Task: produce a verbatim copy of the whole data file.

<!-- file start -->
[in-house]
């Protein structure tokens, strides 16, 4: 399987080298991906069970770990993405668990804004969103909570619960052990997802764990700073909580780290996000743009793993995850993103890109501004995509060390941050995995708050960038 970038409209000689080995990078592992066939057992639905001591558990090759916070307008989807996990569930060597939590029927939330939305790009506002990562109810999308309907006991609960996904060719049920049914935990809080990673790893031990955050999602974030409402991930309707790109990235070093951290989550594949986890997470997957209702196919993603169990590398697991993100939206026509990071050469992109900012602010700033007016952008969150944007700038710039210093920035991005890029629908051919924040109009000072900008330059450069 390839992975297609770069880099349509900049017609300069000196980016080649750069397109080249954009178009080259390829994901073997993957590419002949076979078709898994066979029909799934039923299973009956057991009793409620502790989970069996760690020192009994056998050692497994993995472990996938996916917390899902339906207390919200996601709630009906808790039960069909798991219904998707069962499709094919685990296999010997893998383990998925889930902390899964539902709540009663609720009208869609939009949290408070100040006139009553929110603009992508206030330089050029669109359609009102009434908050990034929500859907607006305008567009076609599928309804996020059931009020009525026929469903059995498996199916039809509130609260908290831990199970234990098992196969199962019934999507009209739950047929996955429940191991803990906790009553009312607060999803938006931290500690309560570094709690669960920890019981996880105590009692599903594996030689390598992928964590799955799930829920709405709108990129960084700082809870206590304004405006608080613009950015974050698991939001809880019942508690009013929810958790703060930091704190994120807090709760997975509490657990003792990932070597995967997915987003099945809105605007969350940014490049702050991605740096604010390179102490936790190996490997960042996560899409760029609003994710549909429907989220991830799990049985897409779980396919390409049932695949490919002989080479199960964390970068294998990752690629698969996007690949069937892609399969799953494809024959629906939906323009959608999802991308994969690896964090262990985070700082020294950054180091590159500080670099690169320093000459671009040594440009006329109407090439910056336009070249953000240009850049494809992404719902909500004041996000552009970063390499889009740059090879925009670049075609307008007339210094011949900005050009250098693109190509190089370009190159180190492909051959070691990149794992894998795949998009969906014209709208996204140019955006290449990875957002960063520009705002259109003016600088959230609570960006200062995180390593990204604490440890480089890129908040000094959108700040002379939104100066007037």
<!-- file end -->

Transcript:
[in-house]
């Protein structure tokens, strides 16, 4: 399987080298991906069970770990993405668990804004969103909570619960052990997802764990700073909580780290996000743009793993995850993103890109501004995509060390941050995995708050960038 970038409209000689080995990078592992066939057992639905001591558990090759916070307008989807996990569930060597939590029927939330939305790009506002990562109810999308309907006991609960996904060719049920049914935990809080990673790893031990955050999602974030409402991930309707790109990235070093951290989550594949986890997470997957209702196919993603169990590398697991993100939206026509990071050469992109900012602010700033007016952008969150944007700038710039210093920035991005890029629908051919924040109009000072900008330059450069 390839992975297609770069880099349509900049017609300069000196980016080649750069397109080249954009178009080259390829994901073997993957590419002949076979078709898994066979029909799934039923299973009956057991009793409620502790989970069996760690020192009994056998050692497994993995472990996938996916917390899902339906207390919200996601709630009906808790039960069909798991219904998707069962499709094919685990296999010997893998383990998925889930902390899964539902709540009663609720009208869609939009949290408070100040006139009553929110603009992508206030330089050029669109359609009102009434908050990034929500859907607006305008567009076609599928309804996020059931009020009525026929469903059995498996199916039809509130609260908290831990199970234990098992196969199962019934999507009209739950047929996955429940191991803990906790009553009312607060999803938006931290500690309560570094709690669960920890019981996880105590009692599903594996030689390598992928964590799955799930829920709405709108990129960084700082809870206590304004405006608080613009950015974050698991939001809880019942508690009013929810958790703060930091704190994120807090709760997975509490657990003792990932070597995967997915987003099945809105605007969350940014490049702050991605740096604010390179102490936790190996490997960042996560899409760029609003994710549909429907989220991830799990049985897409779980396919390409049932695949490919002989080479199960964390970068294998990752690629698969996007690949069937892609399969799953494809024959629906939906323009959608999802991308994969690896964090262990985070700082020294950054180091590159500080670099690169320093000459671009040594440009006329109407090439910056336009070249953000240009850049494809992404719902909500004041996000552009970063390499889009740059090879925009670049075609307008007339210094011949900005050009250098693109190509190089370009190159180190492909051959070691990149794992894998795949998009969906014209709208996204140019955006290449990875957002960063520009705002259109003016600088959230609570960006200062995180390593990204604490440890480089890129908040000094959108700040002379939104100066007037």